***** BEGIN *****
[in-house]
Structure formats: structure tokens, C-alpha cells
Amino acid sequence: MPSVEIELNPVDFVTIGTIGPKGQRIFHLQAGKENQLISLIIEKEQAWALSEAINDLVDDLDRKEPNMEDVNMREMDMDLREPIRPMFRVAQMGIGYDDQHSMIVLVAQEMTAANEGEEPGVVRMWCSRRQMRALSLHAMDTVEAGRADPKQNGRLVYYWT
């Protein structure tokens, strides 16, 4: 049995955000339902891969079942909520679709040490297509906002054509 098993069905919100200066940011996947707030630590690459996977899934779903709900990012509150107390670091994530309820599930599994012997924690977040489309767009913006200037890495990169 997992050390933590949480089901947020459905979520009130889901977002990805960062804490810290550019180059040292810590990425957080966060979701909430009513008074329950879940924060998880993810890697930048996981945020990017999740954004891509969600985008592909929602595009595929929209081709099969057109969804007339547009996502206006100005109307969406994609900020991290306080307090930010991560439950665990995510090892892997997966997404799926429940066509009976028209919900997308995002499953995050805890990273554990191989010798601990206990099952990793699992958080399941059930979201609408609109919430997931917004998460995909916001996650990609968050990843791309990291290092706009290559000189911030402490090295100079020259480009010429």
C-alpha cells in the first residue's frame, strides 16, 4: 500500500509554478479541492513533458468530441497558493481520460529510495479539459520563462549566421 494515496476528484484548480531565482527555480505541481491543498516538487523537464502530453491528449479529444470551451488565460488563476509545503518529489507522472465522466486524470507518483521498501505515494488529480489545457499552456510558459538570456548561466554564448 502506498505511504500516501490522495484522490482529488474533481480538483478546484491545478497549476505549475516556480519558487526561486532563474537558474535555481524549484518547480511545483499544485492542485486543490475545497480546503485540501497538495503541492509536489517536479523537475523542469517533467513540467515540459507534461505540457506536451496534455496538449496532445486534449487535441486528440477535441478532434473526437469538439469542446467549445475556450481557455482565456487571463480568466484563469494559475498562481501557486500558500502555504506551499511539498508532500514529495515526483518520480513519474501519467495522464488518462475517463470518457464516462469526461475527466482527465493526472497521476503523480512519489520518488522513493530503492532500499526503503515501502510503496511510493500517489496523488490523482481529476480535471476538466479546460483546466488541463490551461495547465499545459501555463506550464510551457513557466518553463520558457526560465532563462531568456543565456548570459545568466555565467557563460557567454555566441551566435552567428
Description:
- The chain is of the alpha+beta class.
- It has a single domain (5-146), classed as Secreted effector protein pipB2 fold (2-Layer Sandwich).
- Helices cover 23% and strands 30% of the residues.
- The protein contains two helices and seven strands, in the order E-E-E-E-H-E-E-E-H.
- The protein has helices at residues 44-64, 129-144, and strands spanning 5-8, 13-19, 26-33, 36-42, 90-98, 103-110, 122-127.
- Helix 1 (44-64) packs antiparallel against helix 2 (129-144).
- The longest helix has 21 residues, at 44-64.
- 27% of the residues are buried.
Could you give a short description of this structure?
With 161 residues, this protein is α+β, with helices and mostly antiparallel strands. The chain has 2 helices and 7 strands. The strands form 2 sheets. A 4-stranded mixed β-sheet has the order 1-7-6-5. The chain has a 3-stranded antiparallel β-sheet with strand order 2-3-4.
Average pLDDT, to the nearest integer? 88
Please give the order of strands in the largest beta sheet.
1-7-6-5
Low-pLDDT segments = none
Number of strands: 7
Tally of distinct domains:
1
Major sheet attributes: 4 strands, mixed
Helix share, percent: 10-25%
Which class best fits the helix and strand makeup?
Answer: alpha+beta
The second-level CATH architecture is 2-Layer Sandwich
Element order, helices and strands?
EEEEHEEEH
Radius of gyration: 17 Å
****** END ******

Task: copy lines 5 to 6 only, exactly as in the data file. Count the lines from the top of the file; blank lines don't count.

C-alpha cells in the first residue's frame, strides 16, 4: 500500500509554478479541492513533458468530441497558493481520460529510495479539459520563462549566421 494515496476528484484548480531565482527555480505541481491543498516538487523537464502530453491528449479529444470551451488565460488563476509545503518529489507522472465522466486524470507518483521498501505515494488529480489545457499552456510558459538570456548561466554564448 502506498505511504500516501490522495484522490482529488474533481480538483478546484491545478497549476505549475516556480519558487526561486532563474537558474535555481524549484518547480511545483499544485492542485486543490475545497480546503485540501497538495503541492509536489517536479523537475523542469517533467513540467515540459507534461505540457506536451496534455496538449496532445486534449487535441486528440477535441478532434473526437469538439469542446467549445475556450481557455482565456487571463480568466484563469494559475498562481501557486500558500502555504506551499511539498508532500514529495515526483518520480513519474501519467495522464488518462475517463470518457464516462469526461475527466482527465493526472497521476503523480512519489520518488522513493530503492532500499526503503515501502510503496511510493500517489496523488490523482481529476480535471476538466479546460483546466488541463490551461495547465499545459501555463506550464510551457513557466518553463520558457526560465532563462531568456543565456548570459545568466555565467557563460557567454555566441551566435552567428
Description: